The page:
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Posts from the ‘Kiddos’ Category

Am I Really Happy? Am I Really Sad?

I’m still thinking through this one.

About rejoicing and mourning…

Last week, we gave one of our children a gift. We didn’t have a reason. We love her. That’s all. And, okay, we got the idea from The 5 Love Languages of Teenagers/Children by Gary Chapman.

We didn’t give the other two gifts. Their “day of no reason but love” will come.

One of the two handled the event very well, helping to wrap the gift and showing great excitement for the receiver. The other child did not handle the event so well. Let’s just say there was a bit of a melt down, a few tears, and maybe a stomp or two.

I know some of you would become enraged at this point, and I don’t know when I became this person, but I could barely hold in my laughter. So, after the sulker and I gathered ourselves, we launched into a discussion:

Rejoice with those who rejoice, weep with those who weep. Romans 12:15

I wonder if it’s easier for us to weep with those who weep because we don’t want the lot they’ve been given.

Maybe we struggle to celebrate with those who are celebrating because of jealousy.

I wonder if it’s easier to rejoice with those who rejoice because we don’t want weeping to get in our way (like me with my sad child in the above story).

Sometimes we’re quick to join the mourners only to look like the hero.

Are we truly happy when something goes well for others?

On the other hand, are we truly grieved when it doesn’t?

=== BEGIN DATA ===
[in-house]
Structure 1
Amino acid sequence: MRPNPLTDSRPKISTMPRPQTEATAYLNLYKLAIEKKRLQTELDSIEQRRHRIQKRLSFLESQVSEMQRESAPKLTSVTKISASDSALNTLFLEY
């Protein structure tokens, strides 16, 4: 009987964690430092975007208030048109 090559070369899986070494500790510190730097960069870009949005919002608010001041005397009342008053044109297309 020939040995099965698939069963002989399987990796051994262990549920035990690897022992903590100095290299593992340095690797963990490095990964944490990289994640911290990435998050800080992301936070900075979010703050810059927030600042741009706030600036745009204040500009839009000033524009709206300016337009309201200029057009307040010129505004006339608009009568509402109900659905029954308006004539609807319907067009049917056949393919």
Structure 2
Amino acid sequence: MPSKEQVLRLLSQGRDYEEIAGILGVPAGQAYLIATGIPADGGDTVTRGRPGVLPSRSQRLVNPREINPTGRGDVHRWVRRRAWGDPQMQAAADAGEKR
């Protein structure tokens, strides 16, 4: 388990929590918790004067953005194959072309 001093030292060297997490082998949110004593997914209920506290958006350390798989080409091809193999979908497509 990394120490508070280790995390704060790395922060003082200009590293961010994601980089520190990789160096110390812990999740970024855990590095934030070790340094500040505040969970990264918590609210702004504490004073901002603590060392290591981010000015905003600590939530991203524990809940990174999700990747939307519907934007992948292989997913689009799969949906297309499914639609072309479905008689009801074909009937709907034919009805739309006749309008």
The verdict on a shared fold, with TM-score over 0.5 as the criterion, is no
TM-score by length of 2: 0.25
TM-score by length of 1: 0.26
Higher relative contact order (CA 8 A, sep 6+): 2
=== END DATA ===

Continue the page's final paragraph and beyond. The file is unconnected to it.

Verse 9 of the same chapter in Romans says, “Let love be genuine.”

May we be genuinely celebratory with our friends when they receive an expected or unexpected gift.

May we truly hurt when they are hurting.

As I keep reading back in this chapter, all of these issues seem to “fix” themselves…

every one among you not to think of himself more highly than he ought to think (3)

present your bodies as a living sacrifice (1)


Scooters Are Not For Quitters

For physical education today, Abby and I took a walk; she rode her scooter. We went down a new street with a new hill, and you know how new hills beckon a 9-year-old on a scooter… She couldn’t resist. Momentum was high, hair was flowing, and you guessed it! Arms and legs went flying! Screaming and crying, Abby got up from the ground and diagnosed, “Mommy, I think I broke my arm!”

I was proud of Abby when she was soaring down the hill. Honestly, I didn’t know if she would fall or not. In the moment, I was just glad she wasn’t afraid, and it was encouraging to watch her try something new. But, best of all was the walk home. After the screaming and crying, bleeding and swelling, she climbed back on her scooter and rode home. It wasn’t easy. Her knees hurt. Her [broken] arm was “quitting” on her. She struggled, but she didn’t give up.